SM2000 Part 6 – PCB Layout

Since the last post in this series Rick, KA8BMA, has been working steadily on the CAD work for the SM2000 VHF Radio. We now have the SM2000 schematic and 80% of the PCB layout is complete. Rick has taken a modular approach, laying out each building block that I prototyped last year.

Here is the current state of the PCB layout, which is 160mm x 160mm

On the waveform side, Brady, KC9TPA, has done a fine job porting a 4FSK modem to C and developing two new VHF FreeDV modes. ModeA is an “optimal” 4FSK mode that runs at 2400 bit/s, has a 5kHz RF bandwidth and a MDS of -132dBm. ModeB use Manchester-encoded 2FSK at 2400 bit/s and will run over any FM radio, even $40 HTs.

Brady’s modem is also being used for our high speed balloon telemetry work.

There is plenty of software work (e.g. STM32F4 micro-controller code) to be done for the SM2000. Help wanted!

Links

SM2000 Part 1 – Introducing the project

SM2000 SVN – CAD Files for the project

3 thoughts on “SM2000 Part 6 – PCB Layout”

  1. Hi All,

    PCB looks VERY nice :).

    I would suggest bigger and more modular. Especially at first. So that I can use parts of the design and
    more or less easily insert my own external parts and import and export signals and power in and out.

    For example, PIC32MZ…EF has a very fast ADC. Can I patch my PIC32 kludge into this PCB with relative ease?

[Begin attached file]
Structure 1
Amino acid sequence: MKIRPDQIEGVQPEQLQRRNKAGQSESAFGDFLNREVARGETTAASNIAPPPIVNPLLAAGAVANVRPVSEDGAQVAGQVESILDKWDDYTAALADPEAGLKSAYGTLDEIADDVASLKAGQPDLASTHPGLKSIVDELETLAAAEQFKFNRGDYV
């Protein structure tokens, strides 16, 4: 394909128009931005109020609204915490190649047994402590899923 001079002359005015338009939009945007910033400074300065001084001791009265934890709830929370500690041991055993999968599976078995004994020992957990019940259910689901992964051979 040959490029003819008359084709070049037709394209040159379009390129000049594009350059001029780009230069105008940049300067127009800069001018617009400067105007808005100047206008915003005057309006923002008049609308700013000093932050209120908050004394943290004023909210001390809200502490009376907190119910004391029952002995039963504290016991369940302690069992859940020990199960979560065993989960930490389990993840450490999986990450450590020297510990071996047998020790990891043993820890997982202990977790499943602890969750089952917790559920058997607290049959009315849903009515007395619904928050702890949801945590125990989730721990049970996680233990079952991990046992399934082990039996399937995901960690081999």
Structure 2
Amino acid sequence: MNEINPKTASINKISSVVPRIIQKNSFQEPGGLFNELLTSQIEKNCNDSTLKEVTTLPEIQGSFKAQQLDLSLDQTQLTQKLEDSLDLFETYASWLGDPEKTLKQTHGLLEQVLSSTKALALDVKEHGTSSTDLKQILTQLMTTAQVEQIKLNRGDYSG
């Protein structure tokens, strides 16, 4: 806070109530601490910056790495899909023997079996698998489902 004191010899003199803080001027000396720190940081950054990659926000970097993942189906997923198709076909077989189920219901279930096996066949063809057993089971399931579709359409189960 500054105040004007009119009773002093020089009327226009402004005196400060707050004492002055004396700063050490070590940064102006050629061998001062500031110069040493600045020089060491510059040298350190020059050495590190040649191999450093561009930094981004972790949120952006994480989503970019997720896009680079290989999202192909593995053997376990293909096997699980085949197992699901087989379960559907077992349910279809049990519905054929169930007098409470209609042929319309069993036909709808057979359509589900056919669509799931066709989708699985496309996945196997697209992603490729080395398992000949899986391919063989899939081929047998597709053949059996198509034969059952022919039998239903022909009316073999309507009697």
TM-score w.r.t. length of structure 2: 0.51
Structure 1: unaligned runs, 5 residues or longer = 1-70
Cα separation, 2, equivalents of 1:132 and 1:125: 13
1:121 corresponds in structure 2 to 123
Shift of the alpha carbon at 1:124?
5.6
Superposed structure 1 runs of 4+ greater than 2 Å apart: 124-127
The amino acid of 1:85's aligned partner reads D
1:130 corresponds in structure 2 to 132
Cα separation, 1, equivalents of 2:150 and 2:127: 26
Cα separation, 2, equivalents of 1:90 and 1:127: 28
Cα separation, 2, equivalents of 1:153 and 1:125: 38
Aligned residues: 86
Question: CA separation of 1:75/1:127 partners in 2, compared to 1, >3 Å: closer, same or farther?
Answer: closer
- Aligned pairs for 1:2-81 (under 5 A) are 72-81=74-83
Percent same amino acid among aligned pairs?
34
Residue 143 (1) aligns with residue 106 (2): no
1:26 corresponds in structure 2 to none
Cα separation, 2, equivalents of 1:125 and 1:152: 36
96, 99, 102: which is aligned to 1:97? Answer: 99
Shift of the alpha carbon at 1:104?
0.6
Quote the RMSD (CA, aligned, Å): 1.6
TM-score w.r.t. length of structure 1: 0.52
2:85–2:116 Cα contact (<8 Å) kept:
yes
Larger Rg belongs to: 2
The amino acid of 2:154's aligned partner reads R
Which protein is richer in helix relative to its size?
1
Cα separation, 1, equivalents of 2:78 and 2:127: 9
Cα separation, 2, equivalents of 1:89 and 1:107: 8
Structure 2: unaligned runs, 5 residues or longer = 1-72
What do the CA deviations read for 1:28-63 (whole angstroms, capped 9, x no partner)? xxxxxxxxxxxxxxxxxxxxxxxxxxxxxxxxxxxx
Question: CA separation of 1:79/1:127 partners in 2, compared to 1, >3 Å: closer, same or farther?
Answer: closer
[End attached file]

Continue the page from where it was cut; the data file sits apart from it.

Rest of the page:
Most designs seem to be obsessed with smaller, giving up ability to easily modify them without microscopic skills :).

    You can guess what my PCBs look like :).

    Lots of fun :).

    John

    1. Hi John,
      PIC32MZ EF are beautiful chips but they lack DACs, which will mean an extra IC to this design.

  2. Hi Alex,

    Or just using something else as the DAC. WebSocket to a cheap wifi phone for example.

    The phone can also be a front panel, etc. Lots of goodies for very low $$.

    I have yet to figure out how to generate WebSocket on my website? But the originating side

    of WebSocket is pretty simple and seems to work well here. I see there is now even a

    WebASM.js. Which claims to be only slightly slower than assembly! [ I REALLY doubt that !! ]

    As I am SURE most readers of this site do :).

    FWIW – websdr seems to use WebSocket. I still haven’t figured out his code! So if you have

    used websdr, you have already used WebSocket :).

    Lots of fun :).

    John

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